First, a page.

Greenpeace activists clash with Japanese whaling fleet in Southern Ocean
Thursday, December 22, 2005
The environmental activist group Greenpeace has attempted to disrupt Japan's Southern Ocean "scientific" whaling fleet. After searching for the whaling fleet for nearly a month, the Greenpeace ships, MY Esperanza and MY Arctic Sunrise, are floating alongside the Japanese mothership in Australia's Antarctic territorial waters, directly south of Tasmania.
The Japanese whaling fleet has an expected catch of over 900 minke whales – more than double its previous catch. The fleet - owned by Kyodo Senpaku and part-owned by Nissui, Japan's second-largest marine products firm - is also targeting endangered fin whales for what they claim is a scientific program. Fin whales are the second largest creatures on earth.
Greenpeace say they have asked the whalers to stop whaling immediately and return to Japan, but have received no response from the vessels. In inflatables carrying banners which read "defend the whales" and "stop the whaling," crew from the two ships declared their intention to stop the hunt.
Leader of the Greenpeace expedition, Shane Rattenbury said their eight small boats have begun to "interfere" with the whaling process.
"We positioned our two ships to the stern of the Japanese mother ship in order to prevent the whale being transferred on to the ship and we were successful in stopping that process for about 45-minutes," said Mr Rattenbury, describing a capture boat ramming the Greenpeace ship in an attempt to push it clear.
He said the Japanese boat fought back with water cannons and one of several Greenpeace inflatables capsized in the wash. All crew were retrieved without injury.
"We're going to do everything we can over the coming weeks to interfere with the whaling process, and stop the whales being killed," he said, "our small boats will be putting themselves between the harpoon and the whale.
In a radio call to the whaling vessels, from the bridge of the Arctic Sunrise, Yuko Hirono, of Greenpeace Japan called upon the whalers to stop killing whales "and leave the internationally recognised Southern Ocean Whale Sanctuary." Japan's scientific whaling has been the subject of repeated criticism by the International Whaling Commission.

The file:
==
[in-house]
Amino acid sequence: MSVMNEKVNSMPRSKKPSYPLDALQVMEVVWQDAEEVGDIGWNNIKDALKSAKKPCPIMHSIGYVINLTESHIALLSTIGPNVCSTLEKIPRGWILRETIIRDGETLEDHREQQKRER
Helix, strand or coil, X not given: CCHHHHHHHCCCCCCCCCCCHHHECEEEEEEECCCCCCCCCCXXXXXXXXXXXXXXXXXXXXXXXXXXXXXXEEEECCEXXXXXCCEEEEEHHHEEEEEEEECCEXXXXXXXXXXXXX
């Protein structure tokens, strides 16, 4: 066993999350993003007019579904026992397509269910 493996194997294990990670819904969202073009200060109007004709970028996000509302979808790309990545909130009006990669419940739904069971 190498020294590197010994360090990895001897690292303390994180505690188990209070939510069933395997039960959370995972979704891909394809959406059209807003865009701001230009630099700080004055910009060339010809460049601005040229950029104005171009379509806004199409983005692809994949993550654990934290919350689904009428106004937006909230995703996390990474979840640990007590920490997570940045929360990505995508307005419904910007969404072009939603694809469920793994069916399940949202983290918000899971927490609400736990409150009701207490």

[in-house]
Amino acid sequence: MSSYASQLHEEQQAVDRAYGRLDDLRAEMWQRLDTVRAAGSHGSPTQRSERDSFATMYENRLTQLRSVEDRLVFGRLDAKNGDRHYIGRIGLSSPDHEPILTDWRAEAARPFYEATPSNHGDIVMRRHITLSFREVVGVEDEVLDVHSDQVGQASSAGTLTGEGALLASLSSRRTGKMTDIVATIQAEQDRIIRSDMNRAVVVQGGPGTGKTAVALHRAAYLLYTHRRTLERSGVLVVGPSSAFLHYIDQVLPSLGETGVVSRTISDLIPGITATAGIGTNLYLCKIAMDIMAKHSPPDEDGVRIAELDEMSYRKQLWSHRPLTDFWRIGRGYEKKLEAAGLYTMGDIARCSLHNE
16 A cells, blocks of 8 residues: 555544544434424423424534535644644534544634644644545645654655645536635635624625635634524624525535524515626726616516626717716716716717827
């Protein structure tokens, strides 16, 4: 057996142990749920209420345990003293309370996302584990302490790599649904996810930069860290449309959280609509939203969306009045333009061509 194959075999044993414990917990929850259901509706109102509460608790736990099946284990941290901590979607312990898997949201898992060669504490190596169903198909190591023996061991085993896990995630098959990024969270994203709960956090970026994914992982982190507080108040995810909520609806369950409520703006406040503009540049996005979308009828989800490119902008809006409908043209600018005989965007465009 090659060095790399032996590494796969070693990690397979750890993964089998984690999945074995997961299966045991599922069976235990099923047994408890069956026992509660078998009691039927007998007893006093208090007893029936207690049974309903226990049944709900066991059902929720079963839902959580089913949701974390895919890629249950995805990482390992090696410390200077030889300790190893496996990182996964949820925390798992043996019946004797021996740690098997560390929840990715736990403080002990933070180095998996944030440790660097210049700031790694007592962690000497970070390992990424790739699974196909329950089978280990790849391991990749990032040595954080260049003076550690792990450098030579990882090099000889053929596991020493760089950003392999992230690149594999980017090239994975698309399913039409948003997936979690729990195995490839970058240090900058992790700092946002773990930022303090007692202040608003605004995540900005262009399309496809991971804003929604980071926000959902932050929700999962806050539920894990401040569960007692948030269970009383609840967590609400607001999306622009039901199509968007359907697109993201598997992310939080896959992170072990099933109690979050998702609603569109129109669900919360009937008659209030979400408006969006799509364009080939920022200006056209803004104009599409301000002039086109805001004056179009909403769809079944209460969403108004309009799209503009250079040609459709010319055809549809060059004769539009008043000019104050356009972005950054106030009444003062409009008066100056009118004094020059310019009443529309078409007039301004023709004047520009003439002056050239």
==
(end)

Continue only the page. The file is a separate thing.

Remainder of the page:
The Japanese Institute of Cetacean Research, claim the amount of scientific data gathered by Japan's research program (JARPAII) is extensive and that Japan's whale research programs are conducted in accordance with the International Convention for the Regulation of Whaling. The Institute of Cetacean Research say their research does not involve illegal whaling.
Greenpeace say over the next 2 years, 40 more fin whales will be added to the annual kill, along with 50 humpback whales.
|Wikinews Australia has in-depth coverage of this issue: Southern Ocean whaling season (2005-2006)
"This whale hunt is unnecessary, unjustified, and unwanted," said Rattenbury. "Once the whales have been measured and weighed by the 'scientists' the butchers get to work and the whales are cut up and boxed for market. This is all about money and not science."
The area in which the Japanese fleet is hunting has been designated as the Antarctic Whale Sanctuary, in an effort to allow whale populations to recover after stocks were depleted during the commercial whaling of the last century.
Seventy crew and campaigners from 19 countries are on board the two Greenpeace vessels, including the UK, Netherlands, Canada, Australia, Ghana, Russia, Norway, Denmark, USA, France, Italy, Japan, Ireland, India, New Zealand, Spain, Sweden, Austria and Argentina.
Japan's whaling program is expected to kill nearly one thousand whales this season.
- "Whaling fleet heads to Antactic Sanctuary for minke whale meat" — Wikinews, November 21, 2005
- "Japanese whaling ship to dock in Hobart" — Wikinews, December 22, 2005
- Karen Barlow. "Greenpeace to challenge Japan's whaling fleet" — , December 21, 2005
- "Whalers found" — , December 21, 2005
- "Clash at sea over whales" — , December 22, 2005
- "Greenpeace battles whalers" — , December 22, 2005